by Erin Bates September 10, 2020
To me, summer months are filled with lazy sun soaked days, numerous road trips, and maybe even more ice cream cones. And for my morning routine? As much as I thrive off good habits, I let some not-so-good ones slip in there too (anyone else hit snooze 5 times before actually getting up?)
But as the days get shorter and colder, it can be hard to transition into a morning routine that feels healthy for the body and mind. Having a consistent routine is actually shown to have certain health benefits, mostly due to the structuring and organization of one’s day. In one study, researchers found that routines were calming and reduced participant’s anxiety levels. This can be attributed to a lowered level of stress people face once they have a routine- their day is now more predictable and controllable from the get-go.
By having your own morning routine, you can kickoff your day the right way, instead of slugging out of bed after a few too many snooze buttons. Check out these tips to crafting your own healthy morning routine, so you can work to be your best self.
I can attest that this is by far the most difficult for me, but waking up early has a bundle of benefits. When we wake up, we experience something called sleep inertia, which is the period of time between our groggy, sleep induced “brain fog” and when we are in a state of full wakefulness. This process can take anywhere from 2-4 hours; by getting up early, you give your body more time to wake up naturally instead of relying on caffeine.
Waking up early is also a key to success (well, according to some very successful people). Likely, by having more time in the day, you have more room for staying productive and getting things done. Another study found that early rising students had higher grades and were more productive throughout the day. It seems that the earlier you wake up, the more proactive you are throughout the day. If you want to try waking up earlier, just be sure to start in small increments- wake up earlier by 15 minutes, then give your body time to adjust before setting that alarm even earlier.
Your alarm rings and you reach to your phone to grab it- do you get out of bed right away? Or do you sit on your phone for an extra 10, 15 or 30 minutes before getting up? Looking at your phone right away can pose numerous issues, namely timing. 30 extra minutes in bed can easily cut away time from other morning routines like exercise or eating breakfast- especially if you have to get somewhere like your office.
By spending the first part of your day being bombarded by notifications, messages and news from overnight, you also increase feelings of stress and anxiety. A recent study found that heavy smartphone users had higher levels of anxiety and depression, so cutting out screen time can play a role in mitigating those effects too. It might be tough to start, but avoid looking at your phone until you are out of bed and started with your day- you may be surprised at how much more productive you feel.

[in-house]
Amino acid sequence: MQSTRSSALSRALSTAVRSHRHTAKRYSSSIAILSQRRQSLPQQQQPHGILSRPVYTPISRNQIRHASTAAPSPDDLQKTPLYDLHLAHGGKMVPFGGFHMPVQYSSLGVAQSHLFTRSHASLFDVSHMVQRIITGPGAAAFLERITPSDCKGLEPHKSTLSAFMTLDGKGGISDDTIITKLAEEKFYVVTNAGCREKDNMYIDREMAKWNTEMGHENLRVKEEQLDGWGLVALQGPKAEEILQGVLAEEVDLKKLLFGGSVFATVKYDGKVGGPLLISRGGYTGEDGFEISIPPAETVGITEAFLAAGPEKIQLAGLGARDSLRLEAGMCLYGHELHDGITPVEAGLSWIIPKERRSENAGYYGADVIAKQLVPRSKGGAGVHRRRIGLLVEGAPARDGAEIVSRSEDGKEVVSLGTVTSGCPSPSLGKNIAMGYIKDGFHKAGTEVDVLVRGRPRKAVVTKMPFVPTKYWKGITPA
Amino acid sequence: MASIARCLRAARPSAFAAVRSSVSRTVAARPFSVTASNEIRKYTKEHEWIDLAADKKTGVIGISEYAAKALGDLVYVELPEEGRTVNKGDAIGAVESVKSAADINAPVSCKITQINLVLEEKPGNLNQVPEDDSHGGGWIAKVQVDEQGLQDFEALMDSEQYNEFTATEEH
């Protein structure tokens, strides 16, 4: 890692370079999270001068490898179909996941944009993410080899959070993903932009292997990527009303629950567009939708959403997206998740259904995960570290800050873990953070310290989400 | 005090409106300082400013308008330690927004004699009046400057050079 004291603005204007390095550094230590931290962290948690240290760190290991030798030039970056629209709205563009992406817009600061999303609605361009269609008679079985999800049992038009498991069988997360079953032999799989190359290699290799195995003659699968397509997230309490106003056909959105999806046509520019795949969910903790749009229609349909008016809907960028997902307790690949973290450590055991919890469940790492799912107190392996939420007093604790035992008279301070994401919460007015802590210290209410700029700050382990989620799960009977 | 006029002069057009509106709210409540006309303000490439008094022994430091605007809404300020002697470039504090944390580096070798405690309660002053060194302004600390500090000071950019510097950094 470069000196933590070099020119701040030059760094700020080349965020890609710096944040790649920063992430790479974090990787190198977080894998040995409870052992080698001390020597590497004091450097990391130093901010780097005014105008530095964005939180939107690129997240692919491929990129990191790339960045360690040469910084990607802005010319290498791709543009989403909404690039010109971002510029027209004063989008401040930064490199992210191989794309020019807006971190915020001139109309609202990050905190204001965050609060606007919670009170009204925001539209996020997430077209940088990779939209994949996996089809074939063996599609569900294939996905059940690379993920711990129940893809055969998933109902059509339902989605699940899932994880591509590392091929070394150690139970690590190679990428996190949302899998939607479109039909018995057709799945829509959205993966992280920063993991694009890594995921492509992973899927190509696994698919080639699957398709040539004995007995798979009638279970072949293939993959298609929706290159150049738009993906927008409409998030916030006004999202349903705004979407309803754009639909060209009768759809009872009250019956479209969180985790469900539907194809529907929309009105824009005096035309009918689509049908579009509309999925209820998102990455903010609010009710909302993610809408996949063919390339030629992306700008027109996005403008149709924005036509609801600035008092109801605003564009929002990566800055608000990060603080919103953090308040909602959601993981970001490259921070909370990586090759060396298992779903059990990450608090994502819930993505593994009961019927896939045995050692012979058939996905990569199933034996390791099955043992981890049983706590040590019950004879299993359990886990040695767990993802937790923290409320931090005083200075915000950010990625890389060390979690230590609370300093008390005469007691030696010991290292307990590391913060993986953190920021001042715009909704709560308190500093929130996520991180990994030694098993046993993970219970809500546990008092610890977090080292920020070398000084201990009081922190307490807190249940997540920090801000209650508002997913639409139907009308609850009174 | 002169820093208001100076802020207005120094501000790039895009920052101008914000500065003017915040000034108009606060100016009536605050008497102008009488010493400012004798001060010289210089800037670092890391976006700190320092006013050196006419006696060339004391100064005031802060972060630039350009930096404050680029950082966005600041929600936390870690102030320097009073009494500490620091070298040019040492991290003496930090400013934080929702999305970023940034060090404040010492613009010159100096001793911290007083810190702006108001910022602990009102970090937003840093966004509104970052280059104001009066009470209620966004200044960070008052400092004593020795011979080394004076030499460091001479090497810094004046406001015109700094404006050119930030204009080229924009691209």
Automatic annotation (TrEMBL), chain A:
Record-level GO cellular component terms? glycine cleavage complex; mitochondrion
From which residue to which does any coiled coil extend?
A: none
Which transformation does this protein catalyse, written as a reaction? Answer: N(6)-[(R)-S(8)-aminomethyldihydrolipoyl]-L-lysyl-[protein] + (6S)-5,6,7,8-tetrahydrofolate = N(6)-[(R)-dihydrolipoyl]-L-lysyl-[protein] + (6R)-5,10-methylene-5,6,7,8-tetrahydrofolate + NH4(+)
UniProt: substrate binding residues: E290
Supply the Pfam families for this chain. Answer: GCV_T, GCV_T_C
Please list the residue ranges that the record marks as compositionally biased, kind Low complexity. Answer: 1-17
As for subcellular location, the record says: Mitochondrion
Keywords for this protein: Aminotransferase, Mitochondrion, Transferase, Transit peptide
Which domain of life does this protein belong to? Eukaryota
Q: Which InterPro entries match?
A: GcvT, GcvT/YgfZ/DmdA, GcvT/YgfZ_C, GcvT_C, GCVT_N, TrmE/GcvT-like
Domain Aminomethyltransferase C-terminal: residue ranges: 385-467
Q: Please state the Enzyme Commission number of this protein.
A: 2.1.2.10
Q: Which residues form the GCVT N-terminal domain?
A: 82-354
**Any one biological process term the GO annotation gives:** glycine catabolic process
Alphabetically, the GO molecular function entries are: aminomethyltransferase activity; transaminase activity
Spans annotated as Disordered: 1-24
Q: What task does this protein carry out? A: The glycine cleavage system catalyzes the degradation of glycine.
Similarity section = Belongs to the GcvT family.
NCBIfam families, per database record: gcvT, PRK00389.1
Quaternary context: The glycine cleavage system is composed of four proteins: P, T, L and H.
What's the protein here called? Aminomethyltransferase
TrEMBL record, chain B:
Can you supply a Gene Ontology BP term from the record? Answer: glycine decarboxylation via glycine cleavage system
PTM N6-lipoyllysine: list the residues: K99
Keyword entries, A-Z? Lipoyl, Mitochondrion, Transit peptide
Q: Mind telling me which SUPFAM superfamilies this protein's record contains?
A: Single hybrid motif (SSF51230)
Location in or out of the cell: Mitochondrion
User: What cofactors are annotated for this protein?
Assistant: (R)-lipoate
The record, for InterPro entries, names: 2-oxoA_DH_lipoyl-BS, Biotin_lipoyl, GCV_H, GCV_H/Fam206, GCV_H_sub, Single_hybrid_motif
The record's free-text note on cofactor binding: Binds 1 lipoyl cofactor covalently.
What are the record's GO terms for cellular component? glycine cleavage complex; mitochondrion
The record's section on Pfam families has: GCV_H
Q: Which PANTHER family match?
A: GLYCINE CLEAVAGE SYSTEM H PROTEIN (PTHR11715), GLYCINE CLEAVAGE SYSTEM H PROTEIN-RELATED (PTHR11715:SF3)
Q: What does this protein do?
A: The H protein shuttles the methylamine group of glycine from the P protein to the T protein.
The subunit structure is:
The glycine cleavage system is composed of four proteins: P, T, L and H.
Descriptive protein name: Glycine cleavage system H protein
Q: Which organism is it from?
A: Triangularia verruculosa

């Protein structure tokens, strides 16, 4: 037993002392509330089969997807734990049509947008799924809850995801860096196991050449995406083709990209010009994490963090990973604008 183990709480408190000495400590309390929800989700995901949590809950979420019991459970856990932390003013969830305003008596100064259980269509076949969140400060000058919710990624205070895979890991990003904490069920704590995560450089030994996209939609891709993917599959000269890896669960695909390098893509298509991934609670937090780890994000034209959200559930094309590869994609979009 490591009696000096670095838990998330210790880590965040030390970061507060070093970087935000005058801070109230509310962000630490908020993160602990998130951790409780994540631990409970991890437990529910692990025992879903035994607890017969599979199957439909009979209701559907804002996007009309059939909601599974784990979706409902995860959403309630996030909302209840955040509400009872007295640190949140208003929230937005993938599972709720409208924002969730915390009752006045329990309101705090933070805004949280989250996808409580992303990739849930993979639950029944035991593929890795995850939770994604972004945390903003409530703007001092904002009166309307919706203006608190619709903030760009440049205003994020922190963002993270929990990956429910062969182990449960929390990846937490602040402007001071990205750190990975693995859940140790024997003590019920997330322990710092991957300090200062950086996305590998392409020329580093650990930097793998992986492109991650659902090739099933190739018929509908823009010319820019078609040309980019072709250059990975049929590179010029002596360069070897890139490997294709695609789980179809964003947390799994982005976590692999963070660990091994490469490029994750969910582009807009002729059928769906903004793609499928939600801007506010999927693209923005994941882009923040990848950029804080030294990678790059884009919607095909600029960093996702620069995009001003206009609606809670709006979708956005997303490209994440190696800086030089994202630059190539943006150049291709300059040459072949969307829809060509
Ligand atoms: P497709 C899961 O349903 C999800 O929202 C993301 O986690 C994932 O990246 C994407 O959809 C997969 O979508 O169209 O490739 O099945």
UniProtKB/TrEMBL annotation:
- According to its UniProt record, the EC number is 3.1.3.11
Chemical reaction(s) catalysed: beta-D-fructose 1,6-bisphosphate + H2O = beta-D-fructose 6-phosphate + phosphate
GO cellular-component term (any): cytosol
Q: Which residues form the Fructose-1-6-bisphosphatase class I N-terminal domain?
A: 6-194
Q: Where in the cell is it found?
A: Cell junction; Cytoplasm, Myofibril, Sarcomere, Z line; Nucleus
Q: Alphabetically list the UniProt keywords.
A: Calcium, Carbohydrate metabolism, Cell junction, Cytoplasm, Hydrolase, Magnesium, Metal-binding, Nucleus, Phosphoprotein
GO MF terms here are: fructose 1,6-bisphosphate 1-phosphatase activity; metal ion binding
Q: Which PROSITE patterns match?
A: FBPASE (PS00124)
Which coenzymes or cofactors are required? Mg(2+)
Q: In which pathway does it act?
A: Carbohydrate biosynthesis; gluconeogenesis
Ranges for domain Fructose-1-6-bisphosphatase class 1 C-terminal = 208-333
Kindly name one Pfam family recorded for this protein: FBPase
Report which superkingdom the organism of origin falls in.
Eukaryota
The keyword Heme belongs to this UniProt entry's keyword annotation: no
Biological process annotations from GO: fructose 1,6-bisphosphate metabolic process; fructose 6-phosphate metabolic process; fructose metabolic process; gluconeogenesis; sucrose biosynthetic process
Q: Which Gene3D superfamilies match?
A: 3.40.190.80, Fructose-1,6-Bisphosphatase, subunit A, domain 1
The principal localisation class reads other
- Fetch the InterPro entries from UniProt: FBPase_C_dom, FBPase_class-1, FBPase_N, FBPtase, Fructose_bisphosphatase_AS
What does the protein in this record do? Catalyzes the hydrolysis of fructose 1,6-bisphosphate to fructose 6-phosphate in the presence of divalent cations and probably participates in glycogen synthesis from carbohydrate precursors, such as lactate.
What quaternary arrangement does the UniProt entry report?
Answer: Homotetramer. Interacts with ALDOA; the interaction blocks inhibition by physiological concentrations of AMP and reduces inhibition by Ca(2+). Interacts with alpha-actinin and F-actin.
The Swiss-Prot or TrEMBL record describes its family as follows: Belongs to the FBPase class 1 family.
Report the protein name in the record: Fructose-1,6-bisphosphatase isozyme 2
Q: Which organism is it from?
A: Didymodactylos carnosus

Yes we all know hydration is important, but we still often don’t meet our daily intake needs. For men, drinking 15.5 cups a day is the recommended amount, and for women, 11.5 cups a day is enough. In the morning, grabbing a glass of water before anything else is the best choice you can make. When waking up, your body is typically dehydrated after a nights sleep, and if you head straight to your coffee pot, it will become even more dehydrated.
Dehydration itself can cause a number of issues, so it’s best to get started early with water intake. Fluids help carry nutrients to cells, maintains bodily functions and even improves mood. By kicking off your day with water, you set yourself up to stay hydrated throughout the day.
A great addition to any morning routine is adding some movement or exercise early on. Morning exercise has actually been found to improve attention span, visual learning and decision making. On the flip side, sedentary folks tend to have lowered cognition and abilities to retain information. By working out right away, you give your brain a boost to carry throughout the rest of the day.
Exercise is also known to be a natural way to combat stress. When you exercise, your brain releases endorphins that lead to that “runner’s high” feeling. It also combats fatigue by giving you more energy throughout the day, literally. If you’re looking for the best boost to get you going, add some movement to your morning routine.
Once you have a better idea of what you want to accomplish with your morning routine, write down each step somewhere you will see it (a journal, list, calendar, etc). Writing down your new morning routine will help with a few things. For one, seeing them written down can help you visualize and anticipate each step. Writing your routine down also can hold you accountable- if you stick to the list, you will stick to your routine.
Writing also improves recall information in the brain, and the sooner your brain takes to your new routine, the easier it will be. The idea is to make your healthy routine as automated as possible- the beauty of a routine is that it shouldn’t have to have much thought put into it. Once you are consistent with your steps, it will only get easier.
While these are just a few healthy tips to keep in mind, there are numerous ways to build on one’s healthy morning routine. Is there something that you do every morning that helps you get going for the day? If so, let us know!
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